Better Bike BH attended the Metro Bicycle Roundtable’s planning subcommittee meeting on September 22nd to learn more about this big-gorilla transit agency’s work on behalf of cyclists. The agency is particularly keen on ensuring that our big investment in rail is not undermined by the ‘last mile’ problem: the disinclination of would-be transit riders to take transit because they can’t conveniently get from the station to destination. Linking transit and cycling is a no-brainer!
We wouldn’t have known about Metro’s priority in this regard if we had not heard it from Metro officials themselves. After all, to most folks, Metro means slow buses (or no buses). Behind the scenes, though, the agency has been working with cyclists in the Metro Bike Roundtable for some time, and this is where we make progress on moving a behemoth agency forward where active transportation is concerned.
But believe it or not, this meeting was evidently the first time that anybody from Beverly Hills ever showed up. Our city is so important to the Westside transportation network, and we’re a main stop on Metro’s major bus lines (Wilshire & SM Blvds.) but as an official presence we’re little seen. In fact, our city has a well-earned reputation for causing Metro problems – as city officials are doing by fighting the agency’s preferred Century City rail station location alternative.
Why attend a Metro roundtable? This regional transportation agency moves buses and trains but also plays a key role in planning and construction of facilities. That means that every station is a transit hub and every bus transfer point or key stop a transit node. Each presents an opportunity to encourage greenhouse-gas reducing transit like cycling. Pie-in-the-sky? No! I can tell you that Metro (along with the Southern California Association of Governments and all participants at this table) fully expect cyclists to help move our region away from auto-dependency.
In the meeting room, though, filled with bike and alternative transportation advocates and the like, merely the mention of a rep from Beverly Hills being at the table (however unofficially) unleashed modest applause. Roundtable attendees (bikers all) urge high standards for transit-oriented-developments (TODs) because TOD developers get a break on financing and given more intense use near transit (under zoning provisions) they can more fully reap the higher value of the land.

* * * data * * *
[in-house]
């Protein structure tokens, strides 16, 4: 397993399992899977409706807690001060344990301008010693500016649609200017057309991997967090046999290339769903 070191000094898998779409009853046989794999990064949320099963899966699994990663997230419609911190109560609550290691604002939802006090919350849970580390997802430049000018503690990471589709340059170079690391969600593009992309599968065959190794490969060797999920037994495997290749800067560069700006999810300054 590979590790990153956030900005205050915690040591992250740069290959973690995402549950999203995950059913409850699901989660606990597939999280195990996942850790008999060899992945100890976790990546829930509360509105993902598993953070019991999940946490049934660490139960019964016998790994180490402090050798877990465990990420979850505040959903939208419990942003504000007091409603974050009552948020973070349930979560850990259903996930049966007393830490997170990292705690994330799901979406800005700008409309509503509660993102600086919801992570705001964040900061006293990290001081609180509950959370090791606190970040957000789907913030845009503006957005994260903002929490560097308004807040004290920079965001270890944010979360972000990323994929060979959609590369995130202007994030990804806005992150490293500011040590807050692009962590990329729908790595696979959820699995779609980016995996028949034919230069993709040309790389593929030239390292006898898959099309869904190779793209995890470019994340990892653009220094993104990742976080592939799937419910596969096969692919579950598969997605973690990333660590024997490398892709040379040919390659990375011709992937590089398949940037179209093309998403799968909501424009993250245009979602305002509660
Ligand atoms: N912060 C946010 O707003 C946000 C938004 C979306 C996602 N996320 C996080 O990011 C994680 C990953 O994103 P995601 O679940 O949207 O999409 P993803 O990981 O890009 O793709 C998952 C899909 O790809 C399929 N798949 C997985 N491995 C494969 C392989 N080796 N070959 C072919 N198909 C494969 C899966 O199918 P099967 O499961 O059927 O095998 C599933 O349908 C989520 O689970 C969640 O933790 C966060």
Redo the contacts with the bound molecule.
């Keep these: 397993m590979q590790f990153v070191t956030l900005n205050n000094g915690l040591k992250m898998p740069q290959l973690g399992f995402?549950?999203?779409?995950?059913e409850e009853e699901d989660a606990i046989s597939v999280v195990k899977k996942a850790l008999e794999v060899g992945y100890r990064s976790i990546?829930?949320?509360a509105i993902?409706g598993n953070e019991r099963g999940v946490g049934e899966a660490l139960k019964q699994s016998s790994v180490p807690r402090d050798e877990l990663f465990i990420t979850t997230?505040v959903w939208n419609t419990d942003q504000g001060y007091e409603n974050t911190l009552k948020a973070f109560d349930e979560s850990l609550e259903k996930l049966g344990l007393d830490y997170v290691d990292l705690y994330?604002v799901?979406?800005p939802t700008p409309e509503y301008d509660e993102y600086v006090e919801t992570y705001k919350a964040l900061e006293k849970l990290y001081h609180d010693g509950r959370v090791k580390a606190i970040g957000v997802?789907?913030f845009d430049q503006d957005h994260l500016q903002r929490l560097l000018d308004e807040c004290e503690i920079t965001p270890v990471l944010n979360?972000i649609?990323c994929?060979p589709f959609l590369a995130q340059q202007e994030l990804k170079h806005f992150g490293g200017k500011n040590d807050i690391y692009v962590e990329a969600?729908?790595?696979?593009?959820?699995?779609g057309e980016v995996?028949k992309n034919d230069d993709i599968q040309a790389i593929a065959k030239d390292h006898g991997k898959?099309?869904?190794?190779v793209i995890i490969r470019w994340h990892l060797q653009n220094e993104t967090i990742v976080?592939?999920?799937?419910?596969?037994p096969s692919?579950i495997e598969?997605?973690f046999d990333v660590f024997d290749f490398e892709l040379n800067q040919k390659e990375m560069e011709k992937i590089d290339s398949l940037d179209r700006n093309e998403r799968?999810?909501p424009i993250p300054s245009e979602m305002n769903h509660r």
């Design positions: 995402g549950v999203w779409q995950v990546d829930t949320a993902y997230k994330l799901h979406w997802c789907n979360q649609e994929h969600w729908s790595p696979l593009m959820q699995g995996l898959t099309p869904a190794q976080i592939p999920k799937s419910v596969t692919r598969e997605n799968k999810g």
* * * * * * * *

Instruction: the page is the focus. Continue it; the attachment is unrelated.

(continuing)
It’s more than bike racks, in other words. In exchange for cheap money and taller buildings, TOD developers are supposed to provide infrastructure and facilities to encourage walking and cycling. (More info.) Thus TOD is supposed to be a win-win: public investment in transit that greatly boosts property values near stations is recouped through facilities that serve cyclists and pedestrians and development-proximate investment in ancillary structures with public benefits (like affordable housing).
In practice, though, we’ve gotten some high-profile projects anchored by rail (like the W Hotel at Hollywood and Vine, right) but where the public doesn’t clearly benefit. Bike activist Stephen Box has highlighted on his Soapbox blog the ways that these developments fall short of the promise even as developers walk away with the gains. Box was successful in shaming Metro and the W Hotel developers to do more than install a couple of racks. At the present time, Metro has committed to converting a ground-floor room (in theory, valuable floor space) into a secured bike parking facility. Box wants to raise the bar much, much higher than what we currently expect of TOD developments. Think lockers, bike valets, parking reductions and transit discounts. It’s another example of how the bike advocacy community is working to refashion how we build cities one development at a time.
Metro sets the standards, designs and builds transit stations, and funds transit-related improvements. They’re a huge player, and by incorporating cyclists’ needs into transit we have an opportunity to establish the all-important bike-transit link. (See the slide on bike hubs, at right.)
Metro also undertakes long-range strategic planning. They are in the process of updating the Bicycle Transportation Strategic Plan (2006) and the roundtable offers guidance. Indeed last night’s meeting ranged from TOD standards-setting to moving forward with the agency on their strategic plan update, and cyclists are a part of it to ensure that new rail stations are equipped to accommodate cyclists too.
And for the first time Better Bike was in the house. We will be back on October 6th for the Metro regional governments roundtable too, because Beverly Hills officials won’t be there We’ll attend the operations subcommittee meeting too because BH staffers won’t be there either. And we’ll be back on November 5th because our city will still be missing in action.
We’re committed to plug the gaping hole in the network that is Santa Monica Boulevard, as Metro highlighted as #2 in their assessment of gaps (below).